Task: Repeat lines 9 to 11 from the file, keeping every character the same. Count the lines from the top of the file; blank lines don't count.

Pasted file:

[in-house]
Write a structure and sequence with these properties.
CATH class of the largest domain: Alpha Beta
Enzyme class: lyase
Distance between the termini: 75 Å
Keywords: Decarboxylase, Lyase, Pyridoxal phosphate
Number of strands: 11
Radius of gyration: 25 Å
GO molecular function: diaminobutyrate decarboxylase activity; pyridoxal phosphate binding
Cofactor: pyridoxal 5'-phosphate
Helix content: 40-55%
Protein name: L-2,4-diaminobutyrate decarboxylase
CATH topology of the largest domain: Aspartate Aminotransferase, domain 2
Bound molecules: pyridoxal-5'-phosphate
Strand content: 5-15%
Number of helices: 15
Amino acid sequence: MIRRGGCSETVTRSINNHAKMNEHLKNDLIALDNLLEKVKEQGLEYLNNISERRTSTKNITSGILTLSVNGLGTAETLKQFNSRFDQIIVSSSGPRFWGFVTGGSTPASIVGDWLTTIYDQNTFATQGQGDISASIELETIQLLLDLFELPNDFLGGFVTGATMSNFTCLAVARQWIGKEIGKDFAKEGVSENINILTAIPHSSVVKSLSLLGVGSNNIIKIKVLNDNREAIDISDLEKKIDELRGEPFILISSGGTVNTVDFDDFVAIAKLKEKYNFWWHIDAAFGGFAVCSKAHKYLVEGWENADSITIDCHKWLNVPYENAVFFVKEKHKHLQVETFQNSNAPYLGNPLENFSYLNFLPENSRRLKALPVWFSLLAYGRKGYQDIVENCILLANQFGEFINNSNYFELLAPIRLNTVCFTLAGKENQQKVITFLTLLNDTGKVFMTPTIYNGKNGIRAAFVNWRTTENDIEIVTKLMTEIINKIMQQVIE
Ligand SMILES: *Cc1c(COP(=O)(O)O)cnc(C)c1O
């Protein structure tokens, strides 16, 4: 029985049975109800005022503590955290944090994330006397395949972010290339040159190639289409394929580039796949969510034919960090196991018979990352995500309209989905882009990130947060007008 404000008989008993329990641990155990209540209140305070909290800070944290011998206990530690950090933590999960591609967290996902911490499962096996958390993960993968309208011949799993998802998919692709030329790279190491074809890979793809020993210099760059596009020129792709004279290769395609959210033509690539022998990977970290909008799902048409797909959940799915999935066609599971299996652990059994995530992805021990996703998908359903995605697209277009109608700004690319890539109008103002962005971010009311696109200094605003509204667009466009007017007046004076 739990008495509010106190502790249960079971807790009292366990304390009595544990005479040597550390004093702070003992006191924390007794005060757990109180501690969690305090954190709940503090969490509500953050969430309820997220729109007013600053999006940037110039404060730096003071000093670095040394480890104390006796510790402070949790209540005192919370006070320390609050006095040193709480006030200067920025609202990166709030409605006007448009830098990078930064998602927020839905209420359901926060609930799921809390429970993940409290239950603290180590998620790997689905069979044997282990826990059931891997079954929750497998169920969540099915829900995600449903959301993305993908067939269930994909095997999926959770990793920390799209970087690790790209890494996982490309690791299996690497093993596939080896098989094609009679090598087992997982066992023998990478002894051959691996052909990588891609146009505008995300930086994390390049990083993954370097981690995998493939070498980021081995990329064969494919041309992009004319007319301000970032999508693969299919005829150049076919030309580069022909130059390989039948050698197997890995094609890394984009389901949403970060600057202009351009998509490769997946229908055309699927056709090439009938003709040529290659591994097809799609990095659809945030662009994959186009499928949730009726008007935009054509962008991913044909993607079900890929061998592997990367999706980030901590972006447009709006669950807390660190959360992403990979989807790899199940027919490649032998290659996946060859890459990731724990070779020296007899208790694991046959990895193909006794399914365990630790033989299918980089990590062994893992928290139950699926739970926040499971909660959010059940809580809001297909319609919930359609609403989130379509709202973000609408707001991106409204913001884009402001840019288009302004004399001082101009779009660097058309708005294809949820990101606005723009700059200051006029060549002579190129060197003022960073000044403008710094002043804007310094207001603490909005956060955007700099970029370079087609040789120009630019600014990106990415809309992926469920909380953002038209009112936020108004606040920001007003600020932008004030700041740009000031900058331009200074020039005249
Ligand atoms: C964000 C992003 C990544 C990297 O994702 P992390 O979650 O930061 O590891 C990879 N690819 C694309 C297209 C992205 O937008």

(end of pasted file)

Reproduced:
GO molecular function: diaminobutyrate decarboxylase activity; pyridoxal phosphate binding
Cofactor: pyridoxal 5'-phosphate
Helix content: 40-55%